It’s no secret that by their nature, there’s a ticking time bomb on boy bands. There’s only so long that their audience will listen to different versions of the same manufactured commercial pop. The boys of One Direction and their production team have realized this, and their third studio album “Midnight Memories” is a deviation from the uptempo pop love songs that rule their first two albums.
One of the most notable differences in the third album is the number of songs written by the members themselves. In both “Up All Night” (2011) and “Take Me Home” (2012) , the majority of songs were written by professional songwriters. In the first album, only three of the 13 songs were co-written by the five members. In contrast, 13 of the 18 songs on “Midnight Memories” were co-written by at least one member. The lion’s share of the song writing was done by members Louis Tomlinson (21) and Liam Payne (20).
The number of songs written by the members represents a turning point in the band’s maturity that is reflected continually throughout the album. The songs come across as more authentic as the band members personal feelings and experiences are reflected in the lyrics. The album has significant alternative and rock influences, due to members of One Republic, McFly and Snow Patrol all helping One Direction to write songs for the album. In addition, all five members have a similar number of solos throughout the tracks, making the distribution of solos more evenly spread than in prior albums.
“Midnight Memories” opens with the track “Best Song Ever,” the first single off the album released by the band to promote their movie “This is Us”. This song provides a nice segway between this album and the first two collections, and is the most lighthearted track by far. It’s presence on this record ensures the album will still attract veteran listeners, who are a sizable part of One Direction’s fan base.
The second track, and the second single off the album, “Story of My Life” marks the beginning of the album’s shift towards a deeper, more mature sound. The stripped back sentimental guitar ballad takes the best of alternative rock sound and covers it in a sheen of sugary pop. It manages to sound more rock based than their past ballads, while still sticking with the “pop roots,” that skyrocketed One Direction to fame in the first place.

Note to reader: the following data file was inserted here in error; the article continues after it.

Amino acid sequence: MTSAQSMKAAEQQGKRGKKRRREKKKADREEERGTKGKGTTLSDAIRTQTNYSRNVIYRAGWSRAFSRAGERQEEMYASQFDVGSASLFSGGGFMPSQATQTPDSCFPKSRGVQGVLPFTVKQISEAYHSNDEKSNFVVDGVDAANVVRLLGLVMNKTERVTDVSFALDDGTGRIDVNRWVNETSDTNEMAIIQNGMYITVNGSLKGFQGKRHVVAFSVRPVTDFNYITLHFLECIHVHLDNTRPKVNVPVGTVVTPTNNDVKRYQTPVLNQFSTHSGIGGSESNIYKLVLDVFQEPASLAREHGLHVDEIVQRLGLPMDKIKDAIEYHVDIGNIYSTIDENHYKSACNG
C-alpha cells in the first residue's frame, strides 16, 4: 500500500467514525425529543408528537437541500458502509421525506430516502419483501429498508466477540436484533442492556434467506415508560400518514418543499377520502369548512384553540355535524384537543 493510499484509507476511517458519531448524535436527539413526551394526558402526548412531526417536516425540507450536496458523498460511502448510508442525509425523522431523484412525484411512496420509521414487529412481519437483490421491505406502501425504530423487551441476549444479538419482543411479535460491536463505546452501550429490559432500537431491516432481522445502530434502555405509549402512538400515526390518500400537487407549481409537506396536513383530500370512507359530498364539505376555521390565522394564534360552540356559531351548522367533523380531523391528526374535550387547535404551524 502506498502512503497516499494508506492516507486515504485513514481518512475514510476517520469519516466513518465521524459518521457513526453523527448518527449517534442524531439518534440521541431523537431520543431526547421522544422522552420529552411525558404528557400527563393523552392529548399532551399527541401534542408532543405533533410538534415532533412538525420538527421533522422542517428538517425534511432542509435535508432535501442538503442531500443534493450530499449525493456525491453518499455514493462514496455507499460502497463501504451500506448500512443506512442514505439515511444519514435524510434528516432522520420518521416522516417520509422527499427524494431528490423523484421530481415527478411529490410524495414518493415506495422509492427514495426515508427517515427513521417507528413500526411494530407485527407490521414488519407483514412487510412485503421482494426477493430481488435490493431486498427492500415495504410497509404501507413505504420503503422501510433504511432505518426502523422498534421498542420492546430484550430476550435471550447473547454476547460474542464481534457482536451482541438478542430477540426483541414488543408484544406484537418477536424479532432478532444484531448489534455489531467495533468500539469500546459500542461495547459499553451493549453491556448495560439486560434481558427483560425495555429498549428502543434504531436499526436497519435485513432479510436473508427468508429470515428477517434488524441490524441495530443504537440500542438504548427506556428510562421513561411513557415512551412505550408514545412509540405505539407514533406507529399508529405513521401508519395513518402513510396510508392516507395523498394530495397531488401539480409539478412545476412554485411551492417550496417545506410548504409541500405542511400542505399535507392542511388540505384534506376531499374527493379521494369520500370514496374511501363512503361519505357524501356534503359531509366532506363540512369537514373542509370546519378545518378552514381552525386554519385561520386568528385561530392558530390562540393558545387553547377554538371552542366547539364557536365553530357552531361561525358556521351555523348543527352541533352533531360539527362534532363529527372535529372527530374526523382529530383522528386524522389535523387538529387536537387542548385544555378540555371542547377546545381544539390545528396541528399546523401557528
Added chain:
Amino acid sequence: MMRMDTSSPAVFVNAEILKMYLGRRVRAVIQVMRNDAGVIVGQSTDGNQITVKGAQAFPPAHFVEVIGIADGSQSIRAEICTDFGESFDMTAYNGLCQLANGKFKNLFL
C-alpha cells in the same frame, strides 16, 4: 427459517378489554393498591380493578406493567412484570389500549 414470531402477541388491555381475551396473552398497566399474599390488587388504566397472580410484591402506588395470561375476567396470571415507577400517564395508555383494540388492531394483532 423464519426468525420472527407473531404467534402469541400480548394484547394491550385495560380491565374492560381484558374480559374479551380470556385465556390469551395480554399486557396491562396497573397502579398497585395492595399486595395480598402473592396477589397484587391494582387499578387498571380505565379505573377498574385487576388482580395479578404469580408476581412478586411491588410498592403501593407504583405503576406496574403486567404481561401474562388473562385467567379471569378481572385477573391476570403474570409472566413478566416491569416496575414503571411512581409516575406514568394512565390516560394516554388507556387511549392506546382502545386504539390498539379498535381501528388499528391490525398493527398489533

Instrumentals play a much greater role in this album than in the past, and the predominant guitar influence on the album can be seen specifically in “Little Black Dress.”
“Little Black Dress,” is perhaps the most ‘sexually explicit’ song on the album, and is likely to shock younger listeners who have become accustomed to lyrics like “When you smile at the ground it ain’t hard to tell/you don’t know you’re beautiful.” The lyrics on “Little Black Dress,” are significantly raunchier, with Harry Styles crooning “Little Black Dress who you doin it for/I wanna see the way you move for me baby.”
Other highlights of the album include “Better than Words,” a track whose lyrics are entirely composed of song titles, including Beyonce’s “Crazy in Love” and Adele’s “Someone Like You.”
Songs written by Styles in particular, like “Something Great,” and “Happily,” have a more indie, rock sounding vibe, a reflection of Styles’s own personal music taste. Styles cites bands like Mumford and Sons as one of his favorites, and the influence of their style and lyricism can be seen on these tracks in particular.
Unfortunately, a few songs on the album still contain that generic, rushed feel present on many tracks in their previous two albums. Notably, “Right Now” sounds like a combination of many of their previous tracks mashed together. It lacks any semblance of originality. The chorus is extremely whiny, to a point where it becomes grating on the ears.
“Midnight Memories” is aesthetically never boring. Its range of tracks will appeal to a wide variety of listeners, pleasing devoted “Directioners” and attracting new fans with the shift in sound.
All in all, “Midnight Memories,” still fulfills the basic requirements of a pop album, while attempting and succeeding to break free from the traditional boy band mold. This album marks a change in the band’s sound that will be reflected in records to come.